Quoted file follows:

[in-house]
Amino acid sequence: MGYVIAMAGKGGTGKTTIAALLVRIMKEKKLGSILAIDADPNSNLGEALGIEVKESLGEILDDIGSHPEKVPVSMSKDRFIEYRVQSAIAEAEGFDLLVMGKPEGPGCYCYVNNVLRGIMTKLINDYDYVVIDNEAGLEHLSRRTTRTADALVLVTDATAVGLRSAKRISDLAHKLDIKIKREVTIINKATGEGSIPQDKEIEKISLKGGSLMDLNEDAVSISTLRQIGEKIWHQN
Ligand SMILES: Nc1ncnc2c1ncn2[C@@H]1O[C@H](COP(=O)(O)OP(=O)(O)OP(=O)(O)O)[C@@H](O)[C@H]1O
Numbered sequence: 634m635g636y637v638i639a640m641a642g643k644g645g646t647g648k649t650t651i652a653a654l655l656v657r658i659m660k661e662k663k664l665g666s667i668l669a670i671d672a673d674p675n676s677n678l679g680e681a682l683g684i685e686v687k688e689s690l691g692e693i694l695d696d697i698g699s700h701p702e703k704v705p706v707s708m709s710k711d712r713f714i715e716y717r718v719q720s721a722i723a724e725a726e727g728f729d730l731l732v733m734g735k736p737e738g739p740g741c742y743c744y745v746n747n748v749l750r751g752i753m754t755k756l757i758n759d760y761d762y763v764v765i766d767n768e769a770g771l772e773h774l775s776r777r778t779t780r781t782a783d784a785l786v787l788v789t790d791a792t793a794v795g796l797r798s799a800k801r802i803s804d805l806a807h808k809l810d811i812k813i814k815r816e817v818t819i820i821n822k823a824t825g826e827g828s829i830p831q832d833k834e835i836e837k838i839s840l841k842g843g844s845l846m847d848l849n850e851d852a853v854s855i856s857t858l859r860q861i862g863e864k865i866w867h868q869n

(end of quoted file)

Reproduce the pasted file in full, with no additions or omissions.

[in-house]
Amino acid sequence: MGYVIAMAGKGGTGKTTIAALLVRIMKEKKLGSILAIDADPNSNLGEALGIEVKESLGEILDDIGSHPEKVPVSMSKDRFIEYRVQSAIAEAEGFDLLVMGKPEGPGCYCYVNNVLRGIMTKLINDYDYVVIDNEAGLEHLSRRTTRTADALVLVTDATAVGLRSAKRISDLAHKLDIKIKREVTIINKATGEGSIPQDKEIEKISLKGGSLMDLNEDAVSISTLRQIGEKIWHQN
Ligand SMILES: Nc1ncnc2c1ncn2[C@@H]1O[C@H](COP(=O)(O)OP(=O)(O)OP(=O)(O)O)[C@@H](O)[C@H]1O
Numbered sequence: 634m635g636y637v638i639a640m641a642g643k644g645g646t647g648k649t650t651i652a653a654l655l656v657r658i659m660k661e662k663k664l665g666s667i668l669a670i671d672a673d674p675n676s677n678l679g680e681a682l683g684i685e686v687k688e689s690l691g692e693i694l695d696d697i698g699s700h701p702e703k704v705p706v707s708m709s710k711d712r713f714i715e716y717r718v719q720s721a722i723a724e725a726e727g728f729d730l731l732v733m734g735k736p737e738g739p740g741c742y743c744y745v746n747n748v749l750r751g752i753m754t755k756l757i758n759d760y761d762y763v764v765i766d767n768e769a770g771l772e773h774l775s776r777r778t779t780r781t782a783d784a785l786v787l788v789t790d791a792t793a794v795g796l797r798s799a800k801r802i803s804d805l806a807h808k809l810d811i812k813i814k815r816e817v818t819i820i821n822k823a824t825g826e827g828s829i830p831q832d833k834e835i836e837k838i839s840l841k842g843g844s845l846m847d848l849n850e851d852a853v854s855i856s857t858l859r860q861i862g863e864k865i866w867h868q869n